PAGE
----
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Prince Harry keeps low profile as row over nude photos grows

By Anna Tomforde –

LONDON — Prince Harry kept well out of sight Friday as nude photographs showing him frolicking with girls in a Las Vegas hotel were for the first time published in Britain.

The decision by the mass-circulation Sun newspaper to splash one of the compromising pictures on its front page — against the declared wishes of the royal palace — unleashed a fierce debate about the press, media freedom, privacy and the Internet.

While critics said publication of the images in the Murdoch-owned newspaper was motivated by “profit,” others argued that the issues of press freedom and legitimate public interest were at stake.

The pictures first emerged on U.S. celebrity gossip website TMZ on Wednesday. But British media refrained from publication on Thursday, following a warning regarding privacy rules from the main press watchdog, issued at the request of the royal family.

However, the two pictures — apparently taken by mobile phone in the prince’s hotel suite during a game of “strip billiards” — aroused global curiosity, and were reported to have been called up 300 million times on websites.

The Sun, describing Friday’s issue as a “souvenir printed edition,” said the decision to publish was based on the issue of press freedom alone.

“Heir it is!” said the banner headline in an allusion to the 27-year-old army officer’s ranking of third-in-line to the throne.

The photograph published beneath shows the prince wearing just a necklace and a wristband, with his hands around his genitals as a seemingly naked woman stands close behind him.

Another, published on the inside pages, shows him bear-hugging a woman who is also naked, with the prince’s bare bottom facing the camera.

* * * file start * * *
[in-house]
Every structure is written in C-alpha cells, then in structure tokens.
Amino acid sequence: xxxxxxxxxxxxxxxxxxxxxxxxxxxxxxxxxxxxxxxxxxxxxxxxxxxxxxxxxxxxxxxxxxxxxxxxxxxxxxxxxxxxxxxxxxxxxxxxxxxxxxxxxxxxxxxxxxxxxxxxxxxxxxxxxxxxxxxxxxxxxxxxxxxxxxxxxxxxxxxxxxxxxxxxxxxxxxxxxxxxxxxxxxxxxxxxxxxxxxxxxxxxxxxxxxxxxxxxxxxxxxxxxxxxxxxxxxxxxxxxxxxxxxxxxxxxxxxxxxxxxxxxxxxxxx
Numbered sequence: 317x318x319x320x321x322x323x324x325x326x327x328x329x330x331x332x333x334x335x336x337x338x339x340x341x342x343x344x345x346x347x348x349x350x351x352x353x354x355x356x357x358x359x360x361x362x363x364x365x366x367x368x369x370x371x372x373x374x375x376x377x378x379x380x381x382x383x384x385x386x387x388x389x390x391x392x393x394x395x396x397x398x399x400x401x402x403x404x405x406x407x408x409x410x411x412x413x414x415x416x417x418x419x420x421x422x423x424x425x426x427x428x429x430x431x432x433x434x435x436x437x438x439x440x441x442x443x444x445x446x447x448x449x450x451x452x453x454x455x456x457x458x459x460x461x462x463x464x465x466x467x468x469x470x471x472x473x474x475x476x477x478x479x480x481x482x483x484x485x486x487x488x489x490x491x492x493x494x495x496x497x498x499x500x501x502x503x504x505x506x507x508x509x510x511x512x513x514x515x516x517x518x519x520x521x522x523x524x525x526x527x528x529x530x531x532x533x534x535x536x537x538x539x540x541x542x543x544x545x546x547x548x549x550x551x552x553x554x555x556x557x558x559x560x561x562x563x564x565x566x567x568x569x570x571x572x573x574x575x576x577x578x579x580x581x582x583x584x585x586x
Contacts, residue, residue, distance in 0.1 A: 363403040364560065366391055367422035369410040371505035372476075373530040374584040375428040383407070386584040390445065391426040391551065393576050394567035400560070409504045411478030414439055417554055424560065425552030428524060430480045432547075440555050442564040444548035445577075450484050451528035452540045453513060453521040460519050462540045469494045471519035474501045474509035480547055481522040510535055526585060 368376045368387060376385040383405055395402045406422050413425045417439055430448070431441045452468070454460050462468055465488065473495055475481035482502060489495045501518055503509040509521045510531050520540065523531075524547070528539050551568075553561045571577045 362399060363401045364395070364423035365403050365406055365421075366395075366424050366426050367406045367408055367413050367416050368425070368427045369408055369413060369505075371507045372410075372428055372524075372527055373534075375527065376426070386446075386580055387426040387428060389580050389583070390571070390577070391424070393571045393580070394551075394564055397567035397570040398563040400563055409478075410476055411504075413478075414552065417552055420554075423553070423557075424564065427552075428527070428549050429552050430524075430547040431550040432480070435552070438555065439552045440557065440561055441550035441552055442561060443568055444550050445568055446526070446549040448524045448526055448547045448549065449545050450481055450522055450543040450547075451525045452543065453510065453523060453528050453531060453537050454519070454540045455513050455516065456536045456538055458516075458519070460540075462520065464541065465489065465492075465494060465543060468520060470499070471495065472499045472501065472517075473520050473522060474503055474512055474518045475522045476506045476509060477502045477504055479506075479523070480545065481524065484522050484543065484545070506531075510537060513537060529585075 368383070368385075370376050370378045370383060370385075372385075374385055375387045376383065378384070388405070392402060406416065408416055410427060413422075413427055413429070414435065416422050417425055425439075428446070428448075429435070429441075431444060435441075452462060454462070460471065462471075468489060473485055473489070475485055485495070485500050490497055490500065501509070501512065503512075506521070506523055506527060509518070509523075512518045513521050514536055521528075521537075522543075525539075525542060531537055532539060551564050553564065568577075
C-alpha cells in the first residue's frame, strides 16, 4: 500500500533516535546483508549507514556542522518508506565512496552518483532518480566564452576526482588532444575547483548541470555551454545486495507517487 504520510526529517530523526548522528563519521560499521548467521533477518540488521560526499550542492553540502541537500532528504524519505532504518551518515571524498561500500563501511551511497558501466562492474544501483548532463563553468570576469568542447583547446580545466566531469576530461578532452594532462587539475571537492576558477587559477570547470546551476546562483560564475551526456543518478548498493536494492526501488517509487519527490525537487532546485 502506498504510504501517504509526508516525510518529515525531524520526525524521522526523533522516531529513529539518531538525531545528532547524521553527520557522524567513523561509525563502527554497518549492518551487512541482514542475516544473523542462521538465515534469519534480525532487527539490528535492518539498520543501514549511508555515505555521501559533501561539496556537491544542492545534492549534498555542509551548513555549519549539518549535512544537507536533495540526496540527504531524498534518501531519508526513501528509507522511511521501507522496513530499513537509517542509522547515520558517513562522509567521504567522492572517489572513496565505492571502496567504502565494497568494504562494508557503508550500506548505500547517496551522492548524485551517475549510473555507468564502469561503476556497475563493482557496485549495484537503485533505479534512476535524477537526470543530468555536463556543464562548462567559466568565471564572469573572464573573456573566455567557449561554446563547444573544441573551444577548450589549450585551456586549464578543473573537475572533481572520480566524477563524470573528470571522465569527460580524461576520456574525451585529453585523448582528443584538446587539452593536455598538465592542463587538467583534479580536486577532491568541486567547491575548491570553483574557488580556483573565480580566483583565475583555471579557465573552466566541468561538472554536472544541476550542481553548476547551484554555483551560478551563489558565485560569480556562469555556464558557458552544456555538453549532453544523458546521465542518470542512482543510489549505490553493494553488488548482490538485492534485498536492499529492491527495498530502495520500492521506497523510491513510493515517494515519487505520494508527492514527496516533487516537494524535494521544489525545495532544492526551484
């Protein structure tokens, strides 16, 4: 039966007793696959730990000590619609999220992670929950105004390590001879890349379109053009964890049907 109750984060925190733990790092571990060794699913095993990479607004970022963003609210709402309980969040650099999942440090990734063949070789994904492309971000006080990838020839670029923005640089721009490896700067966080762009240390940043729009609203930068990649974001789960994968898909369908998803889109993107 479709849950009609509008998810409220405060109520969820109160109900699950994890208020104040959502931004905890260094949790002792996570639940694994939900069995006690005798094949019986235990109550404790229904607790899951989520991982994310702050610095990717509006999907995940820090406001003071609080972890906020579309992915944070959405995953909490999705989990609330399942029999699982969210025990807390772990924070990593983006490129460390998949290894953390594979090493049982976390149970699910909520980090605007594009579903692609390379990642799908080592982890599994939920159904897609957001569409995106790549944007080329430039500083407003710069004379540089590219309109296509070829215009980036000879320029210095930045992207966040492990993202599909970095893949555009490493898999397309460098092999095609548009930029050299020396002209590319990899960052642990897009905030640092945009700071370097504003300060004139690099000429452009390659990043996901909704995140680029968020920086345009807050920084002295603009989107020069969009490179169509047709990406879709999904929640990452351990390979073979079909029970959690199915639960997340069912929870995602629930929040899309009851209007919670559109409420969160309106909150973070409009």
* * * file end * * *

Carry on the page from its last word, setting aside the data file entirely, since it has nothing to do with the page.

British media reports said Friday that “several girls” had been snapping away on their mobiles in Harry’s hotel suite, following a raunchy poolside party, and that more photographs could follow.

The pictures, taken a week ago, have come as an acute embarrassment for Harry and the royal family after the popularity of the royals in Britain appeared to have been boosted by a series of events, including: the 2011 wedding of Harry’s brother, William, to Kate Middleton; the 60th throne anniversary of Queen Elizabeth II; and the royal family’s successful role in the recent Olympic Games.

Harry, whose “playboy prince” antics have caused trouble for the royals before, was given a “serious talking to” by his father, Prince Charles, after his return from the U.S., British media said Friday.

The Sun, while declaring itself to be a supporter of Harry and the royal family, said the incident had become a test case for press freedom in Britain:

“This is about the ludicrous situation where a picture can be seen by hundreds of millions of people around the world on the internet, but can’t be seen in the nation’s favourite paper read by 8 million people every day.”

“This is about our readers getting involved in discussion with the man who’s third in line to the throne, it’s as simple as that. The photos have potential implications for the prince’s image representing Britain around the world.”

But media lawyer Mark Lewis, who has represented a number of victims of Britain’s long-running phone-hacking scandal at Murdoch newspapers, said there were no public interest issues, privacy or press freedom involved.

“This is ultimately all about profit,” said Lewis. Former Labour government minister John Prescott agreed: “It is not about privacy. It is about money, money, money,” he said.

St James’ Palace, in an initial reaction, said: “We have made our views on Prince Harry’s privacy known. Newspapers regulate themselves, so the publication of the photographs is ultimately a decision for editors to make.”

However, informed sources said an official complaint about the Sun’s decision from the palace was likely.

Privacy lawyer Chris Hutchings said Friday that the Sun had taken a “calculated risk” in publishing the photos.

“Whether the prince takes (legal) action may depend on whether it is better from a reputational perspective to attempt to draw a line under the matter instead of encouraging further scrutiny,” said Hutchings.

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